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Arizona State University will host a premier nanotechnology symposium titled "Organic/Inorganic Interfaces and Health Science Applications" at the Biodesign Institute on Jan. 13-14.
Nanotechnology, or the science of working at an atomic scale, allows engineers and scientists to build tiny machines small enough to interact with the building blocks of life. Experts in nanofabrication, nanodevices and nanoelectronics from across the United States are expected to attend for the event.
"Many of these scientists are on the cusp of building devices that have the potential to one day improve our health in ways that were not possible before," said Erica Forzani, Ph.D., assistant professor in Biodesign's Center for Bioelectronics and Biosensors with appointments in School for Engineering Matter, Transport and Energy, and the Arizona Institute for Nano-Electronics, both at the Ira A. Fulton Schools of Engineering.
Presentations from industry and academia scientists will feature the latest tiny technologies, such as biosensors, diagnostics, nanoarrays and nanowires. Students in this field will have the opportunity display recent discoveries as part of a poster contest.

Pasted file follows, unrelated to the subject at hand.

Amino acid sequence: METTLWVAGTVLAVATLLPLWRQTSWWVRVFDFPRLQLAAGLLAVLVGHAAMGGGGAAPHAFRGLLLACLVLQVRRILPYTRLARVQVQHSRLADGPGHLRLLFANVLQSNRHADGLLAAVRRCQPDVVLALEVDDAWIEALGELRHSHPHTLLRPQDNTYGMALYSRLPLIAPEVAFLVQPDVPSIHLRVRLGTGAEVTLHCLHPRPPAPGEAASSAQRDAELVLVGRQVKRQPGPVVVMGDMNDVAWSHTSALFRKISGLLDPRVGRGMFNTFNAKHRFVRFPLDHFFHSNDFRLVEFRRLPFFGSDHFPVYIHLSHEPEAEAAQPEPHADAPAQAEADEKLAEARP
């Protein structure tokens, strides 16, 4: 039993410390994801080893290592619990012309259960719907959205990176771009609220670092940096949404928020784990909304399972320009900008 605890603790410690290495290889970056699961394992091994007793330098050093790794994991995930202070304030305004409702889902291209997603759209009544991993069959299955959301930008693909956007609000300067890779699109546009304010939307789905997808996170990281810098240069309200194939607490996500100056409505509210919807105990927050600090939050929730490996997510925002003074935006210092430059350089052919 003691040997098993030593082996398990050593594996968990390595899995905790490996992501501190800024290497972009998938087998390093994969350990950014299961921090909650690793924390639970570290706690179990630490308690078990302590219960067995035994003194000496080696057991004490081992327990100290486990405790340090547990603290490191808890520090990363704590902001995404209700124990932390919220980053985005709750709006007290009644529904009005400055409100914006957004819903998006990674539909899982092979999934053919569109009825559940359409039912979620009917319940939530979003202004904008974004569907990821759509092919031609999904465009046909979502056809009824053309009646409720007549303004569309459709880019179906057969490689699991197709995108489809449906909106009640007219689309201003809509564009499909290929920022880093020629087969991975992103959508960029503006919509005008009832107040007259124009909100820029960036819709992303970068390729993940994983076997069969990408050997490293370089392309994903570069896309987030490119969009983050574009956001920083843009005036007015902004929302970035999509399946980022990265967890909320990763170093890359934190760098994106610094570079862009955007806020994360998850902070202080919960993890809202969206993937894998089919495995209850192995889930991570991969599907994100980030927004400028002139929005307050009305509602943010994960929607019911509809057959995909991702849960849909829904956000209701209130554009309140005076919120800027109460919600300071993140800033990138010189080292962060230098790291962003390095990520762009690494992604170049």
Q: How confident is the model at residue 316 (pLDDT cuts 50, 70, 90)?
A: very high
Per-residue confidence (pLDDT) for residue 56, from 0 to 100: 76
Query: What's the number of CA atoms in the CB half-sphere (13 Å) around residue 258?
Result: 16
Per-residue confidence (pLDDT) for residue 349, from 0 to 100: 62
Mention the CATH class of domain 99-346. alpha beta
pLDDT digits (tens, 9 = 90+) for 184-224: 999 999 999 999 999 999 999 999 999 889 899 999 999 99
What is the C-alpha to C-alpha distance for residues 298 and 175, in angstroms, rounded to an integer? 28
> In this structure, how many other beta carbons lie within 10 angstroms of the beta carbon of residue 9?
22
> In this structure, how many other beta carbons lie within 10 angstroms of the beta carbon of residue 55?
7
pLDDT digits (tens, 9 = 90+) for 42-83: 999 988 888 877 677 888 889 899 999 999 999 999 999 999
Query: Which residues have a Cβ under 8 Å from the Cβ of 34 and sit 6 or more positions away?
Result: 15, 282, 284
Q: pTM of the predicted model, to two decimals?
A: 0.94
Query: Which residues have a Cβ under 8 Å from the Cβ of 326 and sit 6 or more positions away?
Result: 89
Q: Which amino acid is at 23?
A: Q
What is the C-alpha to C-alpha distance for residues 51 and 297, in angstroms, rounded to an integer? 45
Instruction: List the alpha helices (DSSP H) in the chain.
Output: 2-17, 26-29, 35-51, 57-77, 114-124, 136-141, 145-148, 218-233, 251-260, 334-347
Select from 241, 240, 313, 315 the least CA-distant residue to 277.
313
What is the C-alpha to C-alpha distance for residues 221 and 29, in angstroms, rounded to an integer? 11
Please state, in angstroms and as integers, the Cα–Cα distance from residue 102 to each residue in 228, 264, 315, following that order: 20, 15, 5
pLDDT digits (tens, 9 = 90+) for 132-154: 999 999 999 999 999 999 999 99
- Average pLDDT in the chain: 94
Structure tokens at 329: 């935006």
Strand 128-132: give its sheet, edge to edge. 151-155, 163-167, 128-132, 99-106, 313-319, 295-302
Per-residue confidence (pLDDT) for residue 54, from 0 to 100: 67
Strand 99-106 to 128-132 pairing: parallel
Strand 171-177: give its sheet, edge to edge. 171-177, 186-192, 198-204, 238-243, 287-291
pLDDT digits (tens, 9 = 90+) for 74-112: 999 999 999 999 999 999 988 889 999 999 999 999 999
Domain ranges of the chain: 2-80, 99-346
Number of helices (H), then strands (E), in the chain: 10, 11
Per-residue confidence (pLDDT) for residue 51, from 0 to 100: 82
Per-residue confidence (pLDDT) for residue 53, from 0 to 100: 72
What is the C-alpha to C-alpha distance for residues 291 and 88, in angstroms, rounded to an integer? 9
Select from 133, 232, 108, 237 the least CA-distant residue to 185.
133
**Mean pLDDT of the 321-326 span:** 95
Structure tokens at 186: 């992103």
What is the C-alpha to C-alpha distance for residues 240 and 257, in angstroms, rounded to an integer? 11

"We want to support and inspire the students who are helping us today and will someday take this technology even further than we can," said Trevor Thornton, Ph.D., electrical engineering professor in the ASU Ira A. Fulton Schools of Engineering.
The Biodesign Institute at ASU is co-hosting the event with the ASU NanoFab, operated by the Center for Solid State Electronics Research within the Ira A. Fulton Schools of Engineering. ASU NanoFab is a member of the National Nanotechnology Infrastructure Network - an integrated partnership of 14 facilities supported by the National Science Foundation, and NSF is supporting the symposium. The network provides extensive support in nanoscale fabrication, synthesis, characterization, modeling, design, computation and hands-on training.
The event will be hosted in the Biodesign Institute Auditorium at 727 E. Tyler St., in Tempe, is free and open to all, but registration is required. To register, e-mail
More information is available at thornton.faculty.asu.edu/Research/NNIN_Workshop/
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